Greece

Greece

Use Normal Level of Caution

Greece, officially known as the Hellenic Republic, is located in southern Europe, bordering Albania, Turkey, Bulgaria, and Macedonia. Greece includes approximately 1400 islands, of which 227 are inhabited. The Aegean Sea lies to the east, the Ionian Sea to the west, and the Mediterranean Sea to the south. The population of Greece is about 10.7 million people.

The government of Greece is a parliamentary republic with a president as chief of state and a prime minister as head of government.

Greece is known for its ancient history which begins with the Bronze Age and the ancient cultures of the Mycenaeans and Minoans. Alexander the Great spread the Greek language and civilization all over the world. Athens was the cultural centre of the ancient culture known for art, literature, philosophical and political thought, and science.

Today Greece is a modern, developed country with a high standard of living. This country is a popular vacation spot with beautiful islands and beaches.

Currency EUR: Euro
Language Greek
Capital Athens
Recent Alerts 5
Latest Alert June 13, 2017 - No buses or trolleys on June 13, 2017, in Athens, Greece

Diseases To Be Aware Of

The diseases listed below are those which occur most often in Greece. Other, less frequently encountered diseases might be displayed within the Travel Alerts section if they have occurred recently.

Hepatitis B

There is a low risk for acquiring hepatitis B in Greece.

West Nile Fever

Outbreaks of West Nile virus have occurred in Northern Greece.

Malaria

Sporadic cases of malaria have been reported from Attica, Karditsa, Laconia, Viotia and Xanthi regions. No malaria reported in Athens.

Hepatitis A

There is a low risk for hepatitis A in Greece.

Rabies

Rabies in wild animals has been reported in the regions of Eastern Macedonia and Thrace, Epirus, Thessalia, Western and Central Macedonia in Greece. The rest of Greece is not considered to be a risk for rabies in animals.

Tick-Borne Encephalitis

There is a low risk in some areas of the country below 1,400 meters. The transmission season varies, and ticks are most active during early spring to late autumn (March to November).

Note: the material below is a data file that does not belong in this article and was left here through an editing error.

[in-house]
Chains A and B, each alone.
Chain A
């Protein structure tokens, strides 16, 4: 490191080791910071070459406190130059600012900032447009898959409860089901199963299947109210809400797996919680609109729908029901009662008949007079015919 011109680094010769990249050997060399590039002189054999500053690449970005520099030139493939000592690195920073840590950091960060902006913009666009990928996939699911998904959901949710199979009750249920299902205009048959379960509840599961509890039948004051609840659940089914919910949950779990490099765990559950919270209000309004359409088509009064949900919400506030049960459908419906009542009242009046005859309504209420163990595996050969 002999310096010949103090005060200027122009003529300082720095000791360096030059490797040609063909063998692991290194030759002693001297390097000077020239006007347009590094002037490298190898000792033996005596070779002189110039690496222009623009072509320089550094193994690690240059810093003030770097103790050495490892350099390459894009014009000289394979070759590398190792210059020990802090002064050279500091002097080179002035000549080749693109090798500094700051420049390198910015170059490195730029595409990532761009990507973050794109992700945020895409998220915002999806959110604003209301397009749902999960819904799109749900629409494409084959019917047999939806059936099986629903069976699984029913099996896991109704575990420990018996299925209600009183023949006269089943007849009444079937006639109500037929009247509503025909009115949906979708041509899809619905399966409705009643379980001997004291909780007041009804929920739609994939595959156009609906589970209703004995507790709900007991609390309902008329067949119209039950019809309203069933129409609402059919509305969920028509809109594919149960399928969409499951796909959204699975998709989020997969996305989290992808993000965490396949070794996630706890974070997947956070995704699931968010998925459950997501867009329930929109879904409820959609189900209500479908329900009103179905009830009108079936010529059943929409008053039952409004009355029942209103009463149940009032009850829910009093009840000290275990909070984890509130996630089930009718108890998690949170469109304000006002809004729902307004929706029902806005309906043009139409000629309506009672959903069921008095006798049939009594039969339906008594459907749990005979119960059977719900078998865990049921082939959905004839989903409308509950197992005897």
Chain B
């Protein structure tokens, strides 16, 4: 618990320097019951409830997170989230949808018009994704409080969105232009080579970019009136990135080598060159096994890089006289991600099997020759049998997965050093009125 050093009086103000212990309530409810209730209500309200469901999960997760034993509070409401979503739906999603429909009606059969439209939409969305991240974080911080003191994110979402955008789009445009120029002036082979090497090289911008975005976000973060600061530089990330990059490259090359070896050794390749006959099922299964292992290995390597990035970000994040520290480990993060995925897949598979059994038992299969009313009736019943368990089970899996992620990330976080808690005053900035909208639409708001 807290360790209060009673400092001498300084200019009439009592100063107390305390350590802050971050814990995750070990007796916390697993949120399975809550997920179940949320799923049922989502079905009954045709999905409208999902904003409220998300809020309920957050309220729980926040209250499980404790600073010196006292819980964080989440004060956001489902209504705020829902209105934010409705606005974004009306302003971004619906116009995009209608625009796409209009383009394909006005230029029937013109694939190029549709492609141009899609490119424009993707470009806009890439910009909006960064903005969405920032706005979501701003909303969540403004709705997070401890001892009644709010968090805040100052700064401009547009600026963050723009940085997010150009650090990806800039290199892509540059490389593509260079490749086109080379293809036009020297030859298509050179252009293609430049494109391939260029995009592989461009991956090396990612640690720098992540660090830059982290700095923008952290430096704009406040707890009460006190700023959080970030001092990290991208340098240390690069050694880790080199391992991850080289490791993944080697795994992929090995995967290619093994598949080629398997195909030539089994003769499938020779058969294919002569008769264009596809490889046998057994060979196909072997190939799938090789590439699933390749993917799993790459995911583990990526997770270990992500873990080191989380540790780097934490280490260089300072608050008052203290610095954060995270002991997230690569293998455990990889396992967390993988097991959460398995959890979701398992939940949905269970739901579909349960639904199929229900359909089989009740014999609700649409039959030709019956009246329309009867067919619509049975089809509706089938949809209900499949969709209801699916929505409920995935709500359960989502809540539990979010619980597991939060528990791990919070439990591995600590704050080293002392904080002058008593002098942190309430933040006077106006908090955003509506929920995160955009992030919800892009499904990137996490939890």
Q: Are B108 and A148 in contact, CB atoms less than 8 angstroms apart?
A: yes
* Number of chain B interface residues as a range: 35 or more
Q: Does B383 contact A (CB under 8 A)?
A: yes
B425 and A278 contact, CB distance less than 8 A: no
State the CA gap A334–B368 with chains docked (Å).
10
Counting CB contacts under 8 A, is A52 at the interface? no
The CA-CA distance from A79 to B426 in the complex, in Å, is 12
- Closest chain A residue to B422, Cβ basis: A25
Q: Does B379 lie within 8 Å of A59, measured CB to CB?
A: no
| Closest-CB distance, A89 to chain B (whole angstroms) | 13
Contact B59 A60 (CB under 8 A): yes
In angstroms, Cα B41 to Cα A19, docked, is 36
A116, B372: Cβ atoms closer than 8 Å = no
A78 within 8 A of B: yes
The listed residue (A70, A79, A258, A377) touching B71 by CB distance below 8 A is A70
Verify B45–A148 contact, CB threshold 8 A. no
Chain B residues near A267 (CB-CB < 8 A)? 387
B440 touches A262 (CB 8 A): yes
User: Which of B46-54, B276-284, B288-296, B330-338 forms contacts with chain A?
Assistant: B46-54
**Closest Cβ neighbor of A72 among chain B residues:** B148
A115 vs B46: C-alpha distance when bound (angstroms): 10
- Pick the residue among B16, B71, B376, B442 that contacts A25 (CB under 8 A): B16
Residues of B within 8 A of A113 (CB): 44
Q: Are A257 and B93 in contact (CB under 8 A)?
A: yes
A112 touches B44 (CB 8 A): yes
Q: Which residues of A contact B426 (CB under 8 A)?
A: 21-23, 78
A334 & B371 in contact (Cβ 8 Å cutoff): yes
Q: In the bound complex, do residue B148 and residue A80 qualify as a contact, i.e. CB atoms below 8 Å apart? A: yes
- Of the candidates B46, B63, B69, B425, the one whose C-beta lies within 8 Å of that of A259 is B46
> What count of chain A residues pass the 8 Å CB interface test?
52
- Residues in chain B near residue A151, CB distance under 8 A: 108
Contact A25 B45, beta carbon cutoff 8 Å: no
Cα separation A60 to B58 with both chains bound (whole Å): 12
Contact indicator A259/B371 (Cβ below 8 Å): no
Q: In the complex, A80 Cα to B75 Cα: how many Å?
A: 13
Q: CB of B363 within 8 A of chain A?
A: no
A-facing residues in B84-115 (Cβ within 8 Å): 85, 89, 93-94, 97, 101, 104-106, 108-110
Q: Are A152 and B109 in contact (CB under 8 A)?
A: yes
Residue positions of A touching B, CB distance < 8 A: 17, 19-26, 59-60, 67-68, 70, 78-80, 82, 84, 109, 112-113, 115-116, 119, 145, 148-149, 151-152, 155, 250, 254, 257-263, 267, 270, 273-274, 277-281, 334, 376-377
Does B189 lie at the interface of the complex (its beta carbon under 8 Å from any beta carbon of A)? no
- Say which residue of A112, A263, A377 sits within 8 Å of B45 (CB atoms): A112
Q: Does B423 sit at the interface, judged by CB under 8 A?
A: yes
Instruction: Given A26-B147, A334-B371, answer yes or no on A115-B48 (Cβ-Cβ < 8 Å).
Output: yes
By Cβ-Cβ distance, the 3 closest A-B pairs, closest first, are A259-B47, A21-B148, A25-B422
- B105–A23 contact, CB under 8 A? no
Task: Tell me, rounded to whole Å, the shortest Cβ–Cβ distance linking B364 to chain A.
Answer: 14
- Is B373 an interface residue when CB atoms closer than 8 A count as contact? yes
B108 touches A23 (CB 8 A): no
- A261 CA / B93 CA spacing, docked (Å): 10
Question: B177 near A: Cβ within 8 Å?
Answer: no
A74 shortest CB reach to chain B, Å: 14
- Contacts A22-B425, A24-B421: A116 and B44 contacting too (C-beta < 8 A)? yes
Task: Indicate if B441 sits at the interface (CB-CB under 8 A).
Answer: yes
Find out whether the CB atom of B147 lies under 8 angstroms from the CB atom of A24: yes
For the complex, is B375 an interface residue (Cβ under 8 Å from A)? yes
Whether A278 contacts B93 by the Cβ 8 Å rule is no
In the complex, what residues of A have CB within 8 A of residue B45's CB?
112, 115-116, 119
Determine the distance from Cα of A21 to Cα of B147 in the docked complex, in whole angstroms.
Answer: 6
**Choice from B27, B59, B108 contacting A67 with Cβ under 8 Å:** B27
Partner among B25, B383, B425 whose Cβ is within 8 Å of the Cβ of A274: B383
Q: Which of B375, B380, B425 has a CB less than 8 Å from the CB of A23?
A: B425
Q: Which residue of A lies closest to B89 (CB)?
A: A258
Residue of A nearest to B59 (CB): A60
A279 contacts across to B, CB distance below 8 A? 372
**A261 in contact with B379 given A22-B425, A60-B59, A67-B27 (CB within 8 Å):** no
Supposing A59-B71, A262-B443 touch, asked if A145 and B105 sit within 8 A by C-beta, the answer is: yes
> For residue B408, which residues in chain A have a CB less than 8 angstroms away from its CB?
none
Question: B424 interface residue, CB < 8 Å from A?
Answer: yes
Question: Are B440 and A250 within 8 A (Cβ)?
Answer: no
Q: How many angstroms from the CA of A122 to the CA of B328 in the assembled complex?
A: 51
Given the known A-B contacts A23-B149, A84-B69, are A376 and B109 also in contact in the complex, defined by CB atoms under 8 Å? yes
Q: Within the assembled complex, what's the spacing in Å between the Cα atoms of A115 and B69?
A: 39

Vaccinations to Consider

The following is a list of recommended vaccinations for travelling to Greece.

Hepatitis A Vaccine

There is a low risk of infection with hepatitis A for this country, however, the vaccination is recommended.

Hepatitis B Vaccine

The vaccination for hepatitis B is recommended.

Rabies Vaccine

The vaccination is recommended for travellers whose travel or work might bring them into contact with wild animals in the regions of Eastern Macedonia and Thrace, Epirus, Thessalia, Western and Central Macedonia in Greece. The rest of Greece is not considered to be a risk for rabies in animals.

Tick-Borne Encephalitis Vaccine

The vaccination for tick-borne encephalitis is not usually recommended for this country.

Medications to Consider

The following is a list of recommended medications for travelling to Greece.

Anti-malarial Drugs

The risk for malaria is very limited and confined only to the Lakonia district. No anti-malaria medication is recommended.

Safety and Security in Greece

Emergency Numbers

112

This number is available 24 hours with service in English and French.

Personal Safety

Ensure all travel documents and valuables are kept safe as petty crimes, such as pick-pocketing, can occur in crowded, urban areas and on public transportation.

Avoid showing signs of affluence, such as expensive clothing or jewellery.

Avoid parks and secluded areas after dark, particularly the Athens areas of Monastiraki and Omonia, and around the railway stations of Larissa and Peloponissos.

Women should remain vigilant and never accept rides or drinks from strangers or casual acquaintances as sexual assaults have occurred, particularly on the islands.

Areas To Avoid

Avoid border areas that are militarily sensitive, particularly the north-northwest zone.

Political Unrest

Due to recent economic turmoil and the imposition of further austerity measures, demonstrations have been occurring more frequently throughout Greece, particularly in Syntagma Square.

These strikes and demonstrations may affect transportation or public services and may become violent with little warning. Travellers should avoid demonstrations and other public gatherings, monitor local news reports, and follow the advice of local authorities.

Anarchists and militant groups have also been involved in bomb and arson attacks in urban areas, including in Athens and Thessaloniki.

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